Next, execute adprep /domainprep . You must be logged on as a Domain Admin user for these steps to work correctly. Once these commands have run and replication has taken place your Active Directory schema will have been extended to support Windows Server 2008 as a Domain Controller.

The next step is to promote the new server as a Domain Controller for the domain. Enter dcpromo at a command prompt and follow the wizard. When prompted, select the option for an additional domain controller in an existing domain. After the wizard completes, the new server will be acting as a Domain Controller for your domain. It is necessary at this point to restart the server for these changes to be applied.

In a single-domain Active Directory forest, all servers should also be Global Catalog servers. The Global Catalog is a required component of Active Directory which is used during logins to establish universal group membership for a user account. To promote the new server as a Global Catalog, open Active Directory Sites and Services from the Administrative Tools container within Control Panel or on the Start Menu. Double-click Sites, then Servers, followed by the name of the new server. Next, right-click "NTDS Settings" and select Properties. On the General tab, check the Global Catalog checkbox. Restart the new Domain Controller for changes to take effect.

If you wish the new server to become the holder of one or more Operations (FSMO) roles, you will need to transfer these roles to the new server. In a single-domain environment, you gain no benefits from spreading FSMO roles between Domain Controllers

The current FSMO role configuration for your network can be found by running the command "netdom query fsmo" at a command prompt on a Domain Controller.

To transfer one or more of these FSMO roles to the new domain controller, follow the information detailed in the following Microsoft Support article: http://support.microsoft.com/kb/324801. Please ensure any other information you follow is information regarding the TRANSFER of FSMO roles. Seizing FSMO roles is an emergency operation which should not be performed during this procedure.

DNS is a critical component of your Active Directory network. The easiest way to install the DNS role onto the new server is to follow the instructions outlined at http://technet2.microsoft.com/WindowsServer2008/en/library/3cf4d1b1-7a6e-4438-bf4f-22d9468c17321033.mspx You should be already using Active Directory-integrated DNS zones, which is the easiest method of allowing DNS replication to occur - DNS information is stored in Active Directory and replicates with Domain Controller replication traffic. To check if your DNS zones are AD-integrated (and convert them if not), please follow http://support.microsoft.com/kb/227844.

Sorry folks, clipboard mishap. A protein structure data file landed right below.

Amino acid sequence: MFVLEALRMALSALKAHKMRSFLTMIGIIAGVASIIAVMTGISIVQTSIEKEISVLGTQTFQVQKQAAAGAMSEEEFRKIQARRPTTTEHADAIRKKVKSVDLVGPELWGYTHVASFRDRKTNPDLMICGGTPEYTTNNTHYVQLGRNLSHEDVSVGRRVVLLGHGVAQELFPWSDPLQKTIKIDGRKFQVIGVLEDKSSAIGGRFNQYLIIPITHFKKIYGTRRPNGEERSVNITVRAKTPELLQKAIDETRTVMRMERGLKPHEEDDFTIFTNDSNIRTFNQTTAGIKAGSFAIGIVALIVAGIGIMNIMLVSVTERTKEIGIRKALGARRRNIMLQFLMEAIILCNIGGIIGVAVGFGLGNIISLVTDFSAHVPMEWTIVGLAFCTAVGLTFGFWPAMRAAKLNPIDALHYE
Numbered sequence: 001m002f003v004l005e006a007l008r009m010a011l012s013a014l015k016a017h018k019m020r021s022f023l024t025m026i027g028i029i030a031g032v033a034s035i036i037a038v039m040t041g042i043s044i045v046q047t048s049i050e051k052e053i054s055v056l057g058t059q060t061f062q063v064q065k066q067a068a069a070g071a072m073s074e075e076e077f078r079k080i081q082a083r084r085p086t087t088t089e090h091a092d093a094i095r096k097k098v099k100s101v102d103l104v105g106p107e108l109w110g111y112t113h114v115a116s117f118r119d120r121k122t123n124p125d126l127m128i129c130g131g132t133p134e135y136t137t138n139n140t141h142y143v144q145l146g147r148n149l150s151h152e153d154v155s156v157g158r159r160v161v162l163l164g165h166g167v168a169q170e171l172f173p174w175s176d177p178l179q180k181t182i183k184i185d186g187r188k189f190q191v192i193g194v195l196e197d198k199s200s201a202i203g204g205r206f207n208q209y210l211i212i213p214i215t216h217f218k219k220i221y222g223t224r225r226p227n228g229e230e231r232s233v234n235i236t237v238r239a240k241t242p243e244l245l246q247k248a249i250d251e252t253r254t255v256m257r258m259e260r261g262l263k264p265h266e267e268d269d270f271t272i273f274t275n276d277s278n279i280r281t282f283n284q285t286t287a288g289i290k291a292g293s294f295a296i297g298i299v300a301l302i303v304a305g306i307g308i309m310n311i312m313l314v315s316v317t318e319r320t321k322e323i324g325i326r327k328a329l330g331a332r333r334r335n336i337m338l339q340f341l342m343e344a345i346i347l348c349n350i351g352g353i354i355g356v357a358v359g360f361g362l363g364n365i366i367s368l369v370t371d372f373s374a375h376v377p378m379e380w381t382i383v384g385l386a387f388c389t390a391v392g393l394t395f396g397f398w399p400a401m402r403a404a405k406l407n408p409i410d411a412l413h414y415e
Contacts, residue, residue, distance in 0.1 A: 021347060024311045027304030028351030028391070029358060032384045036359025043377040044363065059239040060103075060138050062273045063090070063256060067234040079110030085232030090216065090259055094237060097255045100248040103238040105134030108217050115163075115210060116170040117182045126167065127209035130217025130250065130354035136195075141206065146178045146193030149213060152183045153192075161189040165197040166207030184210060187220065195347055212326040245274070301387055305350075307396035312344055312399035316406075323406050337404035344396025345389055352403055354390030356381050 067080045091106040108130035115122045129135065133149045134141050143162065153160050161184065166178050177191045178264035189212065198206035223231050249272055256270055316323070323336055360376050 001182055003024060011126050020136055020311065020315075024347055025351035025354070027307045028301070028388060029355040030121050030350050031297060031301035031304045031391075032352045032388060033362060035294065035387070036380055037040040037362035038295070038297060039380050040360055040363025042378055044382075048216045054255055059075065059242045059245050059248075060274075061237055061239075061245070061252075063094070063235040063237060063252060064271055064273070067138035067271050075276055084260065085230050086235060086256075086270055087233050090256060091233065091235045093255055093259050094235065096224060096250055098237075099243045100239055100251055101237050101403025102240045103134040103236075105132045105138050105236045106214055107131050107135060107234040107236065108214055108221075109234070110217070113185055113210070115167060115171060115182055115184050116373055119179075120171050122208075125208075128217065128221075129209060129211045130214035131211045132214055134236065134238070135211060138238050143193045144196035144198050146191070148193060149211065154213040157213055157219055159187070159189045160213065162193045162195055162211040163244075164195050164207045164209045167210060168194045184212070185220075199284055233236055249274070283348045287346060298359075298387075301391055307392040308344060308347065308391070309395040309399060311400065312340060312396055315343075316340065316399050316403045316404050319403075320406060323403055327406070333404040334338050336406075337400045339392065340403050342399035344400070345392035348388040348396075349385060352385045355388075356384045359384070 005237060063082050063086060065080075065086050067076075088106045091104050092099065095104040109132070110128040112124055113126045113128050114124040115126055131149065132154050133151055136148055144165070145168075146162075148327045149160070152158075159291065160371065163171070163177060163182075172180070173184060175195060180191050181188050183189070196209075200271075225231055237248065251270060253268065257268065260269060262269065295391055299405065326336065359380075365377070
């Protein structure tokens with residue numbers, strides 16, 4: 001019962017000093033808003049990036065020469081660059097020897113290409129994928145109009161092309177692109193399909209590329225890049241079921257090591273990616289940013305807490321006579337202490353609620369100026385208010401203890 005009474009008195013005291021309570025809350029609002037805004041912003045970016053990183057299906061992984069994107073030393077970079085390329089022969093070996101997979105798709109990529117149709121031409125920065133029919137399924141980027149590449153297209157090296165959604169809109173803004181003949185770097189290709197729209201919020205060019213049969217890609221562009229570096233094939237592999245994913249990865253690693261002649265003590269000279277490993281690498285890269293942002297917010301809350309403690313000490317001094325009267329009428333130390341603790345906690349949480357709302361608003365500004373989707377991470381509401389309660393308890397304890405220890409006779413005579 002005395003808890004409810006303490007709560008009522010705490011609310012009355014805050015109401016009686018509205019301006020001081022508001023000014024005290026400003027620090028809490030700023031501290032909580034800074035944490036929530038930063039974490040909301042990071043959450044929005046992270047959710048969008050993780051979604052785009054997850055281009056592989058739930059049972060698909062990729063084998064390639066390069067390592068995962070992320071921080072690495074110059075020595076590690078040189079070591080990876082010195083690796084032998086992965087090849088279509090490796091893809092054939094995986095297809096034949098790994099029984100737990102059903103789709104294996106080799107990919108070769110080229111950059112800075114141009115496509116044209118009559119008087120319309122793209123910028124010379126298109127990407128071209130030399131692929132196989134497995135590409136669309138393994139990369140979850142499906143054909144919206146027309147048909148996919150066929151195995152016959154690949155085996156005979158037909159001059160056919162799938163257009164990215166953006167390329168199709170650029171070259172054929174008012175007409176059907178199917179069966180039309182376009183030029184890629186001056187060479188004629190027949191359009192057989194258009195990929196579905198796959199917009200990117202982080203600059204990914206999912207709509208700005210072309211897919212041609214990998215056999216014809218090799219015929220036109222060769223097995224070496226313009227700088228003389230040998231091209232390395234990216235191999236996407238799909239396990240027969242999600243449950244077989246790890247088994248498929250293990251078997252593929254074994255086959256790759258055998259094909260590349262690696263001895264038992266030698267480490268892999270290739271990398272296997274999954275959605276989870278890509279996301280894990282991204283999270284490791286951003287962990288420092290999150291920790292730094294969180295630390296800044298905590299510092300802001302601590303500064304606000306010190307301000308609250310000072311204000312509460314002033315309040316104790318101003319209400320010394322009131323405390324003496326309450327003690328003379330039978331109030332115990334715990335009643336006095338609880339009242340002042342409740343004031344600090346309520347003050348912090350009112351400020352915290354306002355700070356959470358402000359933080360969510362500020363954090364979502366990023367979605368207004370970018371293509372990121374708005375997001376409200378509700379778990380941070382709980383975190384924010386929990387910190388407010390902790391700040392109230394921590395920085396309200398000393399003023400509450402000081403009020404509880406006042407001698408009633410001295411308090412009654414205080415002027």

You probably want to enable DNS forwarding in the DNS console on the server, too. This forwards lookups for external domains to a DNS server at your ISP, which allows the server to effectively resolve DNS for external domains. More information on forwarders can be found at http://technet2.microsoft.com/WindowsServer/en/Library/ee992253-235e-4fd4-b4da-7e57e70ad3821033.mspx.

To move DHCP to the new server, you will need to first install the role. To install the role in Windows Server 2008, check the DHCP Server role option within the Add Roles wizard in the Server Manager. To correctly configure DHCP after the role is installed on your new server, you will need to ensure you configure it to distribute IP addresses which are in a different range to the IP scope defined on the other DHCP servers. You should also ensure the correct DNS and WINS servers are entered into the scope options. Remember that the only DNS servers which should be configured on workstations are the Domain Controllers which are also acting as DNS servers - no ISP DNS server should ever be set through DHCP.

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Author Comment

by:Ahmed Abdel Salam
ID: 21854946
Thanks  all for replies,
I have already add one normal PC as a DC member with win 2008 server, but for some how it is failed to be working fine (driver and H/W issues) so I removed it from the domain completly. but now I have prepared my domain by adprep /forestprep from win2008 CD, is this is effecting the current 2003 enviroment incase I don't have any 2008 DC right now ??
LVL 13

Expert Comment

ID: 21854974
ADPREP merely extends the schema in readiness for the first 2008 DC, it has no negative effect on the 2003 servers.
LVL 58

Expert Comment

ID: 21855371
Yes, the extension to the schema will not affect your Domain Controllers because the functional level of the domain and forest is still at a level which supports Windows Server 2003 Domain Controllers (probably Server 2000 or Server 2003).
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Expert Comment

ID: 21859048